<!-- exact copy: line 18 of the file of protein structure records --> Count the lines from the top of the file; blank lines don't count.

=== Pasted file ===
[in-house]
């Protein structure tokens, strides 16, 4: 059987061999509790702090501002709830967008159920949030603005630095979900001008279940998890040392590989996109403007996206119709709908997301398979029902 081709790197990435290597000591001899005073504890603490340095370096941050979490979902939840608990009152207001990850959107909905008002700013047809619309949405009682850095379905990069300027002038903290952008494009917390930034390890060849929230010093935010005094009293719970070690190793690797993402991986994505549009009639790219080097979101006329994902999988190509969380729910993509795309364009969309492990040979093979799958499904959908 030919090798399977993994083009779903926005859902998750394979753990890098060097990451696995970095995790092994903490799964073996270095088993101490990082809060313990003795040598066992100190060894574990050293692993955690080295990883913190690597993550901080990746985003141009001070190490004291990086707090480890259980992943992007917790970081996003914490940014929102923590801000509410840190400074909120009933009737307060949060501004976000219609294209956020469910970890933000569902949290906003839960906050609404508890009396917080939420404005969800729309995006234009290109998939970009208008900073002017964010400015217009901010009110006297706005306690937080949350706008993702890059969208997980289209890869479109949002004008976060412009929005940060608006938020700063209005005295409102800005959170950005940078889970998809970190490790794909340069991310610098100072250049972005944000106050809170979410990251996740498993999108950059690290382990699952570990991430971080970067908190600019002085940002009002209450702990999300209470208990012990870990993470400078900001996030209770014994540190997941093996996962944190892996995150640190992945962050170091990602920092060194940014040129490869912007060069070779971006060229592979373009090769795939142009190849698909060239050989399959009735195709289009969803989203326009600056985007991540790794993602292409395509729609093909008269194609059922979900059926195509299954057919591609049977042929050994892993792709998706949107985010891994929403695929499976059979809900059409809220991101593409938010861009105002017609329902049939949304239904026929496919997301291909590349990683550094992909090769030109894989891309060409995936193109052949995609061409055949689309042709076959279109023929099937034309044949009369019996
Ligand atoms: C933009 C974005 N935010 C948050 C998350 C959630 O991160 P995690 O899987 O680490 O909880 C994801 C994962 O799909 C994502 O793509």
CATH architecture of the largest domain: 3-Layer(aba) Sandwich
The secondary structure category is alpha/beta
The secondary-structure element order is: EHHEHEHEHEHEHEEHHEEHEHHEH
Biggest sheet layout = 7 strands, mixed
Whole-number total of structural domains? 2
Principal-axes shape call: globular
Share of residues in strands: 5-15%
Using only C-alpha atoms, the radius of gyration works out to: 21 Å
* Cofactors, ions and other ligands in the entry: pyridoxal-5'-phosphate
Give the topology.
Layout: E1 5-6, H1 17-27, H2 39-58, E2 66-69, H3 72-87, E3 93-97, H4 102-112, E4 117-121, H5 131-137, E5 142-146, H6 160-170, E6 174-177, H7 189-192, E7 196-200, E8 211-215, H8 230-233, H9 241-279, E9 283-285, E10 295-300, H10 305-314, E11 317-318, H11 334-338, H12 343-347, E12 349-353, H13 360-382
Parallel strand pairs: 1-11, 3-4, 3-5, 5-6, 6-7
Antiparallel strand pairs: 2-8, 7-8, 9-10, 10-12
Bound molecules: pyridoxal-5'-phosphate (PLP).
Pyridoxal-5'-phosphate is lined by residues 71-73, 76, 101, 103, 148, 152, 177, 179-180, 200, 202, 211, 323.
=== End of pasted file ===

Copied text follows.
Pyridoxal-5'-phosphate is lined by residues 71-73, 76, 101, 103, 148, 152, 177, 179-180, 200, 202, 211, 323.